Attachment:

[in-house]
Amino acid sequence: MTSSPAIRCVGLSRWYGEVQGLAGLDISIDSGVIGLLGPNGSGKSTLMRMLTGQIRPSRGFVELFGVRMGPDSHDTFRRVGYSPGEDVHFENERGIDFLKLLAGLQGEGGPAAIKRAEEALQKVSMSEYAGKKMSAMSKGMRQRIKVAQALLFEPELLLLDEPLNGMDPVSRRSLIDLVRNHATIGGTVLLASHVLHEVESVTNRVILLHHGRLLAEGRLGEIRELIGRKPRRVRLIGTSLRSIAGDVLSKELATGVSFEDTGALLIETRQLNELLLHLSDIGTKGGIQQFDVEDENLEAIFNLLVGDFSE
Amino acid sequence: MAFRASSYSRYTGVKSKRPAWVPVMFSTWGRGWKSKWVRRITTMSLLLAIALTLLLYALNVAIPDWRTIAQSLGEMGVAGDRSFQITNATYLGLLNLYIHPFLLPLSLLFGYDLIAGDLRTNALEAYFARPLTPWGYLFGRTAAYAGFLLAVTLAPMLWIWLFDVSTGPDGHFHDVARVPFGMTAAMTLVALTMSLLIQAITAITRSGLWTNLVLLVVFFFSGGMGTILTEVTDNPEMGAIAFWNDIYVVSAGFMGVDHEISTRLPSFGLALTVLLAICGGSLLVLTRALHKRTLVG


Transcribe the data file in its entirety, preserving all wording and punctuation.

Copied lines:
[in-house]
Amino acid sequence: MTSSPAIRCVGLSRWYGEVQGLAGLDISIDSGVIGLLGPNGSGKSTLMRMLTGQIRPSRGFVELFGVRMGPDSHDTFRRVGYSPGEDVHFENERGIDFLKLLAGLQGEGGPAAIKRAEEALQKVSMSEYAGKKMSAMSKGMRQRIKVAQALLFEPELLLLDEPLNGMDPVSRRSLIDLVRNHATIGGTVLLASHVLHEVESVTNRVILLHHGRLLAEGRLGEIRELIGRKPRRVRLIGTSLRSIAGDVLSKELATGVSFEDTGALLIETRQLNELLLHLSDIGTKGGIQQFDVEDENLEAIFNLLVGDFSE
Amino acid sequence: MAFRASSYSRYTGVKSKRPAWVPVMFSTWGRGWKSKWVRRITTMSLLLAIALTLLLYALNVAIPDWRTIAQSLGEMGVAGDRSFQITNATYLGLLNLYIHPFLLPLSLLFGYDLIAGDLRTNALEAYFARPLTPWGYLFGRTAAYAGFLLAVTLAPMLWIWLFDVSTGPDGHFHDVARVPFGMTAAMTLVALTMSLLIQAITAITRSGLWTNLVLLVVFFFSGGMGTILTEVTDNPEMGAIAFWNDIYVVSAGFMGVDHEISTRLPSFGLALTVLLAICGGSLLVLTRALHKRTLVG